The UN High Commissioner for Refugees, António Guterres, has urged international organizations to partner with local communities and national authorities to provide solutions for those moving into cities in search of a better life.
Speaking at a side event Wednesday at the UN Conference on Sustainable Development, dubbed Rio+20, Guterres also called on the international community to agree to guiding principles to ensure the protection of those forced to cross borders due to natural disasters linked to climate change.
“Partnership is the name of the game in this context,” said Guterres. “A proper system of protection for these populations must marshal the efforts of local authorities, local civil society, organizations representing refugees and displaced persons themselves, as well as central governments and international organizations. We all have to work together.”
The event, jointly organized by UNHCR and the Organization for Migration (IOM), highlighted the vulnerabilities of migrants, displaced persons and refugees living in cities and brought together the heads of three major organizations working in the field.
Also taking part were the IOM Director General, William Swing, and the Special Representative of the UN Secretary General for Disaster Risk Reduction, Margareta Wahlström. Other panelists included the Executive Coordinator of the Rio+20 conference, Elizabeth Thompson, and the Foreign Secretary of Bangladesh, Mohamed Mijarul Quayes.
Guterres’ call for partnership was echoed by other panelists. “Building fortresses won’t help to stem the tide of migration,” said the IOM Director General. “Societies need to embrace multiculturalism as migration will remain a key feature of the 21st century.”
The High Commissioner reminded participants that urbanization is a “mega trend” and remarked that more than 50 percent of those of concern to UNHCR are already living in cities among the urban poor, often in areas lacking the basic essential services. The interaction of urbanization with other trends, such as population growth, water scarcity, food insecurity and climate change, is the “defining feature of our time” he said.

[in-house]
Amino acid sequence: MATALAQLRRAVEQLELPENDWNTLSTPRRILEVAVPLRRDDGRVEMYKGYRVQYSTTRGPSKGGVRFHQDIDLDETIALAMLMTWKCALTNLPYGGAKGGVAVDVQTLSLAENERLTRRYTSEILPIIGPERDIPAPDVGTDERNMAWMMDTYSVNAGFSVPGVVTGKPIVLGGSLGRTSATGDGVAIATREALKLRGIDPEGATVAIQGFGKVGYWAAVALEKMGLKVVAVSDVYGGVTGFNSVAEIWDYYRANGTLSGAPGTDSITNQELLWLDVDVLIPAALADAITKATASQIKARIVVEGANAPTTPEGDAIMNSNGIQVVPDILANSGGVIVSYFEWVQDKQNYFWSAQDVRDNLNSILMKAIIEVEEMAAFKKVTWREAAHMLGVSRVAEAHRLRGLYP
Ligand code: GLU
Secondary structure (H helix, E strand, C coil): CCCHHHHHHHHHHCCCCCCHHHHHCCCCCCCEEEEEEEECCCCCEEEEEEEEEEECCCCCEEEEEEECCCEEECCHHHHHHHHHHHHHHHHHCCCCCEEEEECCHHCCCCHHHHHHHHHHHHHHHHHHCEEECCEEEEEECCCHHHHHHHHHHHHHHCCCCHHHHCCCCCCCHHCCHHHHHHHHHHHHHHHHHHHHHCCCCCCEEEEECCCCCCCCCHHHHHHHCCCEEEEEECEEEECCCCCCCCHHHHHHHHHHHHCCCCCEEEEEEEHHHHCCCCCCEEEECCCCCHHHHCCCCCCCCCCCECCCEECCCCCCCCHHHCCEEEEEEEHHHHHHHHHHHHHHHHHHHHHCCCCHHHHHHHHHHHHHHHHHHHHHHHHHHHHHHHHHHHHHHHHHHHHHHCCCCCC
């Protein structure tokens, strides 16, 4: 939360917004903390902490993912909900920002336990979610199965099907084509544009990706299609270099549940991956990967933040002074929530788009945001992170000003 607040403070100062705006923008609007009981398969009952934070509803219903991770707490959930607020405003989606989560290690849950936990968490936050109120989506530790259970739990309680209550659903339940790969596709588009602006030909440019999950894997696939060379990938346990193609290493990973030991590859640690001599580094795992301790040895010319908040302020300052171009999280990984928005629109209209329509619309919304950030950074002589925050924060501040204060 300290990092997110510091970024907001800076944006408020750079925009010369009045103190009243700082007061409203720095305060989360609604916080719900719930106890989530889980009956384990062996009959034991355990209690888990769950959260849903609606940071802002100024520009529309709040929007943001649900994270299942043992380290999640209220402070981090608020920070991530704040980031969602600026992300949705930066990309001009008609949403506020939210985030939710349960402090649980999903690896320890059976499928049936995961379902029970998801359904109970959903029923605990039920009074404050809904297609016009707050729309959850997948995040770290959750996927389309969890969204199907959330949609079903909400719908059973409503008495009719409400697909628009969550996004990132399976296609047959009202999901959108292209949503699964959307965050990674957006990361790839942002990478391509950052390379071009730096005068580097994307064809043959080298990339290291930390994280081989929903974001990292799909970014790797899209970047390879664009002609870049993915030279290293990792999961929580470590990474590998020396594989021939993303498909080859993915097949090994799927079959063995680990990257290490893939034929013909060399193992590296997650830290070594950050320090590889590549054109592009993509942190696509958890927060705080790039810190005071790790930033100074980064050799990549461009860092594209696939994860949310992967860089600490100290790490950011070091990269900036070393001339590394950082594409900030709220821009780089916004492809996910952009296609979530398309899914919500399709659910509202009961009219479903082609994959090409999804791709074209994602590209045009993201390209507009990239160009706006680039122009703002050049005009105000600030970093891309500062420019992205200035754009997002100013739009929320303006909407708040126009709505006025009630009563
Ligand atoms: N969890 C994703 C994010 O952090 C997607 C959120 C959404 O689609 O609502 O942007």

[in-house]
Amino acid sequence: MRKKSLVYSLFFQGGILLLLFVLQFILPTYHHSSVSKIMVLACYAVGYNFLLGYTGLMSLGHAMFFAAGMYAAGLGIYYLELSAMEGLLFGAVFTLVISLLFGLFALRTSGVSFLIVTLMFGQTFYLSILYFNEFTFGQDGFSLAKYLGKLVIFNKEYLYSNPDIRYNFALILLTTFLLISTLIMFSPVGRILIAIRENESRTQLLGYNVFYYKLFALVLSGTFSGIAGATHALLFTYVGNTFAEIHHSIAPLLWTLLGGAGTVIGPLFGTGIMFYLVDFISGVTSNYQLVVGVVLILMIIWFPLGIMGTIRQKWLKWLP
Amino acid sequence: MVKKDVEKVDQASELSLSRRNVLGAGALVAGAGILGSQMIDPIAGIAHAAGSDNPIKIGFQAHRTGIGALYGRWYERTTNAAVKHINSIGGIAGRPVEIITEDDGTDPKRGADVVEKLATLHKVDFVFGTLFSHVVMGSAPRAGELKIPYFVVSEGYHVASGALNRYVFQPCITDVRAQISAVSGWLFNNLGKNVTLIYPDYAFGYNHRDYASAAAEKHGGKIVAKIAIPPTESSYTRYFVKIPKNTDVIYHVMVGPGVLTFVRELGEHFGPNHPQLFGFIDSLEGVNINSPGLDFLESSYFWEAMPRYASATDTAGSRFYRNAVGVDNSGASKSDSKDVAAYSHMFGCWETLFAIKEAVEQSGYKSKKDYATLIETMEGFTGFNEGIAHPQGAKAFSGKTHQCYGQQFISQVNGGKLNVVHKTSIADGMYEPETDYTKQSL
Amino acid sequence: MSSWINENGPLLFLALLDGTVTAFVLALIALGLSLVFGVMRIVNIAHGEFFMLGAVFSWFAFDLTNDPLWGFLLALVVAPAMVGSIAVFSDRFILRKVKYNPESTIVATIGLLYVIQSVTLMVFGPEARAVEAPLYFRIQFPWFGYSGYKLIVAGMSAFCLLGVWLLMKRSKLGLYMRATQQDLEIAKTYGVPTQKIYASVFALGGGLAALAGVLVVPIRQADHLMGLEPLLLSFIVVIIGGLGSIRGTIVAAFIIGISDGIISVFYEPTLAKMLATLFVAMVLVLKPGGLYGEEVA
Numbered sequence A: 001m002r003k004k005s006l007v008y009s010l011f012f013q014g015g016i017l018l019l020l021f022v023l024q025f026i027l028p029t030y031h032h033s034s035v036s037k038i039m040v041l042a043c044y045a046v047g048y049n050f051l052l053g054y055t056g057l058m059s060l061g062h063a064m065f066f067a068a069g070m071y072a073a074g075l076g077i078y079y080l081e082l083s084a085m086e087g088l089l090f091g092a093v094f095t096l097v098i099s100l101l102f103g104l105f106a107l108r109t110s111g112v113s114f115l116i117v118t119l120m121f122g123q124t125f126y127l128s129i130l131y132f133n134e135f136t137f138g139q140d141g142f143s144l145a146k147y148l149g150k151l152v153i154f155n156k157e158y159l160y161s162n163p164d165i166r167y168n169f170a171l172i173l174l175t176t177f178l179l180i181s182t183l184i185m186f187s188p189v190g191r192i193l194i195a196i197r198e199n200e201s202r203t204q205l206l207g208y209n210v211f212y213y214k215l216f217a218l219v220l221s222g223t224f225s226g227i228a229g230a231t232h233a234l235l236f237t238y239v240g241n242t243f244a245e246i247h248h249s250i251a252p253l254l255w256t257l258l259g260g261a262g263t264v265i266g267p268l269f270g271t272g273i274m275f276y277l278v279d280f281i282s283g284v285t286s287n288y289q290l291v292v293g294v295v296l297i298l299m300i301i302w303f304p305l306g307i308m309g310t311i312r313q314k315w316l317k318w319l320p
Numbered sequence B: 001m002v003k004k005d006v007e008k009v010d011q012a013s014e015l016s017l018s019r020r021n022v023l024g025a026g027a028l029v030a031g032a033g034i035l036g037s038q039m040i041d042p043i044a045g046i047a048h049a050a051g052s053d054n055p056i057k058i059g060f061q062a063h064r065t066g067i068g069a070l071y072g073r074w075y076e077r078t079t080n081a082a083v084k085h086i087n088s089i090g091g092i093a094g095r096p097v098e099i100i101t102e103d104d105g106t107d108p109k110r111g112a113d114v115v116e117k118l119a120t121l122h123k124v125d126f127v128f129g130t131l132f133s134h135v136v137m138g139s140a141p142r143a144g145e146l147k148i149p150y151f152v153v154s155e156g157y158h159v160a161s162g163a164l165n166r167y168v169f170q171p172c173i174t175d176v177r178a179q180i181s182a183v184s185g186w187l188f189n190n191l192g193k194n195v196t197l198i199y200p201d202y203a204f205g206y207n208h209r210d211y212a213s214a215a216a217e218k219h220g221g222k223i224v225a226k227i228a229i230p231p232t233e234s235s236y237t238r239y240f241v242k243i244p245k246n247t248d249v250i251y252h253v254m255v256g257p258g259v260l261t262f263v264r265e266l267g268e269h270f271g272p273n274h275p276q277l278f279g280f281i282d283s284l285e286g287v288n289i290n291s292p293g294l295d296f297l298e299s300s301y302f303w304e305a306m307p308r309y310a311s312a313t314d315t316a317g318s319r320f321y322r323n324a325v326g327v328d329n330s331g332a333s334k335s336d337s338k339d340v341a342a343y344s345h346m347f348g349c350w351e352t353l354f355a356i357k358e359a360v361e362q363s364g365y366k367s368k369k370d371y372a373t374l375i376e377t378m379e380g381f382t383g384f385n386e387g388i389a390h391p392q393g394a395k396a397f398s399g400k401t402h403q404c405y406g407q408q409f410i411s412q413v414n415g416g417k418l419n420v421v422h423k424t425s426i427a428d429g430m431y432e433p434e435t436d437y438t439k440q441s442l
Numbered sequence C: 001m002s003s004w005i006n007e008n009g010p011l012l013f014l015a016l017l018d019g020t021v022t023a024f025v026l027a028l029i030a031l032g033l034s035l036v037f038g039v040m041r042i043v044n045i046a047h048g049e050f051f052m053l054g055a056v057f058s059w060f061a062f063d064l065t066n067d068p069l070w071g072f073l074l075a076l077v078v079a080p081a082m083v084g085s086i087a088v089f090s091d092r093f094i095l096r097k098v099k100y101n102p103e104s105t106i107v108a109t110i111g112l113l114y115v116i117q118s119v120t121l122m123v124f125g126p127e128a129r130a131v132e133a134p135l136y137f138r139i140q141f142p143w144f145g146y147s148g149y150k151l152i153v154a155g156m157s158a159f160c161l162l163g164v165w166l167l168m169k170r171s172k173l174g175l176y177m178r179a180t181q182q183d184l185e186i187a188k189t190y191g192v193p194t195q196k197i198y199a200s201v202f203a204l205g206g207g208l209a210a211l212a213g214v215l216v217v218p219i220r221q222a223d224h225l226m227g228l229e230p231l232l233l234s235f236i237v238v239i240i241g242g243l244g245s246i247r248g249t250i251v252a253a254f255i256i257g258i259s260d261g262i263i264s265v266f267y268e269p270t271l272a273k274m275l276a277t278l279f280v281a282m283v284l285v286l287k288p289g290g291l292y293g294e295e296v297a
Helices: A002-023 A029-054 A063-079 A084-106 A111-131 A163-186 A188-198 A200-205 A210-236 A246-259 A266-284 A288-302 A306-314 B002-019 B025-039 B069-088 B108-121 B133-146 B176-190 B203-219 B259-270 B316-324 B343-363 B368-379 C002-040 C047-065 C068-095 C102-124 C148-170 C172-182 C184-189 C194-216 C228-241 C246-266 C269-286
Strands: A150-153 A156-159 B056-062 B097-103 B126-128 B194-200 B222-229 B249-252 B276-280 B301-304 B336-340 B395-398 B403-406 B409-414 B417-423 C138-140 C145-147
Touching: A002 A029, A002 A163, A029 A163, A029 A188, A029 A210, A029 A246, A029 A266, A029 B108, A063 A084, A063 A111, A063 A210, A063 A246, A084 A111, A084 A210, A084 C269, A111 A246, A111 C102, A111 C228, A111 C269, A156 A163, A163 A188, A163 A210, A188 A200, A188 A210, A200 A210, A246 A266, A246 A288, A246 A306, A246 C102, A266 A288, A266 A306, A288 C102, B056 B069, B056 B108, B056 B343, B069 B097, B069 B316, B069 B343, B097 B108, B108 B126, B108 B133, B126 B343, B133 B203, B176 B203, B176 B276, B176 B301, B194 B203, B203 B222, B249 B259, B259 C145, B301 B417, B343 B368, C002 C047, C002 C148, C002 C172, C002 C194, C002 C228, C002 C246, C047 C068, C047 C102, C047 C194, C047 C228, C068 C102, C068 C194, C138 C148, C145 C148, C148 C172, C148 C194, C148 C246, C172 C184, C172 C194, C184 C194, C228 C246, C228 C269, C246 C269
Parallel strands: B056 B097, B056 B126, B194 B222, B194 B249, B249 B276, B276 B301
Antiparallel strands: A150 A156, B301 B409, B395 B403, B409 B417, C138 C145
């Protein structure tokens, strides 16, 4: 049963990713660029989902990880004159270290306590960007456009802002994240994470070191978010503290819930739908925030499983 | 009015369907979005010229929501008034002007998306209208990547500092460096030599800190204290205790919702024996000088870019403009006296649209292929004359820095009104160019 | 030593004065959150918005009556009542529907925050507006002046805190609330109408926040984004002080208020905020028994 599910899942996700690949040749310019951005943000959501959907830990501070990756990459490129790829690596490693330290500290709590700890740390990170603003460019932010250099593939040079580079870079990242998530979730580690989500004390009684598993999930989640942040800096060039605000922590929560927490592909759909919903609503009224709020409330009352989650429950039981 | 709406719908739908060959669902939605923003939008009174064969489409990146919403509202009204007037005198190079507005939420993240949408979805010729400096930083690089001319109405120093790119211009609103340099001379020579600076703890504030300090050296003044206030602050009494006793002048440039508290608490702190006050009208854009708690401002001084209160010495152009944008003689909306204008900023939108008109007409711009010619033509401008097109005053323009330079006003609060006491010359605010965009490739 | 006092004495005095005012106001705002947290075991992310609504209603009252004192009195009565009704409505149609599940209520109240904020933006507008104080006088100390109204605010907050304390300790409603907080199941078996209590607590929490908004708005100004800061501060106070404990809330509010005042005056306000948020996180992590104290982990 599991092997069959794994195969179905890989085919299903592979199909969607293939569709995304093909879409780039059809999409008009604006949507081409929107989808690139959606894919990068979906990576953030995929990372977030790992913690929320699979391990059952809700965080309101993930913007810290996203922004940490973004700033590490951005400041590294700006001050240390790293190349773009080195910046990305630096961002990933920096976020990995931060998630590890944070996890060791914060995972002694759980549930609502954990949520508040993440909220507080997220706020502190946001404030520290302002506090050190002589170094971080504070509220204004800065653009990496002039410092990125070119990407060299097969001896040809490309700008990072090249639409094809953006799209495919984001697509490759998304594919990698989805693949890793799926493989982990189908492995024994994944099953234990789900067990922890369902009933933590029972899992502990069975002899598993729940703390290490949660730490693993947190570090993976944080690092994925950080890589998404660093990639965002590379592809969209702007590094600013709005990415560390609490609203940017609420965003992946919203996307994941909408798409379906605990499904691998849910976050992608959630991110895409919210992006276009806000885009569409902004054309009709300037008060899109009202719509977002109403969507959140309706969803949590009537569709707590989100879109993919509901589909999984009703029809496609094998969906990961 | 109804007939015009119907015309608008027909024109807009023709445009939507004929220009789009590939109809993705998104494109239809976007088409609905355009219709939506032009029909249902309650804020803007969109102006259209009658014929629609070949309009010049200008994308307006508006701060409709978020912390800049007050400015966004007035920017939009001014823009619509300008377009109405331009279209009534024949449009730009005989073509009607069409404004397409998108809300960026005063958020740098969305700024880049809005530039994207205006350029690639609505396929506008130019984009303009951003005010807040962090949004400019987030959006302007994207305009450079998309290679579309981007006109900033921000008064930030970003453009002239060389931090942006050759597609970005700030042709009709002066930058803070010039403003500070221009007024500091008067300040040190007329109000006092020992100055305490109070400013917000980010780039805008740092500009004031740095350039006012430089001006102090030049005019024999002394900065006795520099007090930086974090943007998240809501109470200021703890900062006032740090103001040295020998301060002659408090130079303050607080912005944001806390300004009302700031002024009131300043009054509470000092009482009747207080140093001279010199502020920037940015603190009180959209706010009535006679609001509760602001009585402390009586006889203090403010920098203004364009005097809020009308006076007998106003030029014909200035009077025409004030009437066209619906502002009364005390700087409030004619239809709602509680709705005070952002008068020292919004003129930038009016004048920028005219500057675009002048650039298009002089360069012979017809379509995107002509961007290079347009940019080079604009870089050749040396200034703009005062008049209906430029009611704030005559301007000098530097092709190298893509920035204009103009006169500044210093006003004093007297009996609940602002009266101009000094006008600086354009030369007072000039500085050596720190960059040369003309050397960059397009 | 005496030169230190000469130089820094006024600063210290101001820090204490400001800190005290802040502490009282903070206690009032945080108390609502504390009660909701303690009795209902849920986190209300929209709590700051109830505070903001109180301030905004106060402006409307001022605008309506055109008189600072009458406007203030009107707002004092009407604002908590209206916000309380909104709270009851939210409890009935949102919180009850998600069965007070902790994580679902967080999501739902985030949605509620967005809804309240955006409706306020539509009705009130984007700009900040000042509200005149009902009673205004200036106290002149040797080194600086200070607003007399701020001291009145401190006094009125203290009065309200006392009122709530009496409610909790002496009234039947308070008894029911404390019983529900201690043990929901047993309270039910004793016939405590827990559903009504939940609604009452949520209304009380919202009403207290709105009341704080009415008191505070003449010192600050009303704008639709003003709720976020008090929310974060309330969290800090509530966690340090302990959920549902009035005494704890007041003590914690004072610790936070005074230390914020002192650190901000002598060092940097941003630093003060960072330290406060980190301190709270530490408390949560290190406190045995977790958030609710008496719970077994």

“The distinction between economic migrants and refugees is increasingly blurred,” Guterres stressed. “More and more people are forced to move without neatly fitting the definition of the 1951 Convention,” he said, referring to the key legal document in defining who is a refugee, their rights and the legal obligations of states.
The UNHCR chief also praised Brazil for granting permanent resident status to Haitians displaced by the 2010 earthquake on humanitarian grounds. “While not refugees under the 1951 Convention, Brazil found a pragmatic approach to recognize their need for protection,” he said.
Guterres’ agenda in Rio also included a meeting with the Global Alliance for Clean Cookstoves, of which UNHCR is a founding member. In the presence of Sweden’s Minister for Development, Gunilla Carlsson, and the UN Foundation head, Timothy Wirth, Guterres praised the initiative’s contribution to reducing the time women spend collecting firewood around refugee camps which lessens the risks of rape, to which many are exposed.
By Luiz Fernando Godinho in Rio de Janeiro, Brazil